- Malawi expects to see more foreign earnings with the opening of the new uranium mine in the northern part of the country by the end of the year.
The new project, raising hopes of Malawi's natural resources potential, will get a US$ 220 million investment through an Australian mining group, Paladin Energy Ltd, which will own all the mining rights with government holding the reserved 15 percent stake.
"The mine will generate over $150 million in export earnings per year," the managing director of Paladin Africa, John Borshoff told local media.
Mr Borshoff said the mine is expected to make an output of about 1,500 metric tons of uranium, with the project also to create more than 300 new jobs with a trickling factor, while also contributing 10 percent of the GDP.
Paladin Africa, a subsidiary of an Australian firm, already owns another uranium nine in Karonga, 600 kilometers north of the capital, Lilongwe.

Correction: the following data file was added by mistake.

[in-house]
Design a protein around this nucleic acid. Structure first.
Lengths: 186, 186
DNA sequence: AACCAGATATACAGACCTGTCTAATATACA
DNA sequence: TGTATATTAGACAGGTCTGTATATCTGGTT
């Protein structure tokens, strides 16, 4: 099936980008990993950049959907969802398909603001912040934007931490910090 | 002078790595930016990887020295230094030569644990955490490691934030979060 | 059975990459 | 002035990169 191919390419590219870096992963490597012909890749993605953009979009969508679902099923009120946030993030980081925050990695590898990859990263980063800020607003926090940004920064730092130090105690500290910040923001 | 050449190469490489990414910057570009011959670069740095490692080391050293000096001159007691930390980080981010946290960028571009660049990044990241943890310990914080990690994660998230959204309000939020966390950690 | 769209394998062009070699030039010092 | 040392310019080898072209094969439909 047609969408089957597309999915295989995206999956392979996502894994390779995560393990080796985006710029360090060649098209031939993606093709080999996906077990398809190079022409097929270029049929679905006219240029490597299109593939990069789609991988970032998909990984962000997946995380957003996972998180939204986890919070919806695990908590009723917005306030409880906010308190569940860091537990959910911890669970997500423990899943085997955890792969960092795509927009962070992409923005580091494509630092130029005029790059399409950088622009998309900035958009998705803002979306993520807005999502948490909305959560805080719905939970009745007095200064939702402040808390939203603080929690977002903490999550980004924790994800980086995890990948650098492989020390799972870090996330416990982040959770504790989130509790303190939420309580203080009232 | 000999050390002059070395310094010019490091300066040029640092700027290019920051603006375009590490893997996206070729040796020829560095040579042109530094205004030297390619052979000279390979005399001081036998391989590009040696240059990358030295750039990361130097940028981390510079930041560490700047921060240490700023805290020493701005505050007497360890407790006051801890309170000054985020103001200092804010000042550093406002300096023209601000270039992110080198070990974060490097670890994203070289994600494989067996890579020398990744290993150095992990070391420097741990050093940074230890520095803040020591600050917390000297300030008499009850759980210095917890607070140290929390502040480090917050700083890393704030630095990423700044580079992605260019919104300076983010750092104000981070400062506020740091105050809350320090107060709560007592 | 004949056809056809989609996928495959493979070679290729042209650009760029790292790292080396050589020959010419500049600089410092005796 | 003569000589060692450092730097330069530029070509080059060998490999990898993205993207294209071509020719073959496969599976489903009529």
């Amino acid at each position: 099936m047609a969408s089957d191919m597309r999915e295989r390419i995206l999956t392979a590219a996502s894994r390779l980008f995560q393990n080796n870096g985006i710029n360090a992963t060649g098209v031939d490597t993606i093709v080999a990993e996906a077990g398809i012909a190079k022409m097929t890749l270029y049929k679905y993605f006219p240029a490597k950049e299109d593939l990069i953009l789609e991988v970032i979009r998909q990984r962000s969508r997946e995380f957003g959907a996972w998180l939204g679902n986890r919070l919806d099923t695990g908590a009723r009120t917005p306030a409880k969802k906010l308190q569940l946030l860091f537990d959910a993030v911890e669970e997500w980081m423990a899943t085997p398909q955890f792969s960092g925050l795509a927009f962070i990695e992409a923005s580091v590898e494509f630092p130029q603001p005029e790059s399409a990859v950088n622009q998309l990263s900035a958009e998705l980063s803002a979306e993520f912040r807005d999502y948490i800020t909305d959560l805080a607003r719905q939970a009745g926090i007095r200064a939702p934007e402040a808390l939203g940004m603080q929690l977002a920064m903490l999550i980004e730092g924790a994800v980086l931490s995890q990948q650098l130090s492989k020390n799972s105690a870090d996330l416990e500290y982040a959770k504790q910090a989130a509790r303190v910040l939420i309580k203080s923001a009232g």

Hailing the opening of the new mine as a great success during his term in office, president Bingu wa Mutharika, who is seeking the second term in the 19 May elections, said Malawi had entered a new era of economic development and transformation.
Malawi, whose economy is dependent on agriculture, especially tobacco, has recently opened the country for foreign investors and explorers of its natural resources' wealth that also include bauxite and germ stones.
The Southern African state, which saw very little development during decades of the iron fist under president Kamazu Banda, returned to multi-party democracy in 1994. Known as the warm heart of Africa, Malawi is reknowed of its tobacco farming, tourism and fisheries from the giant Lake Malawi.
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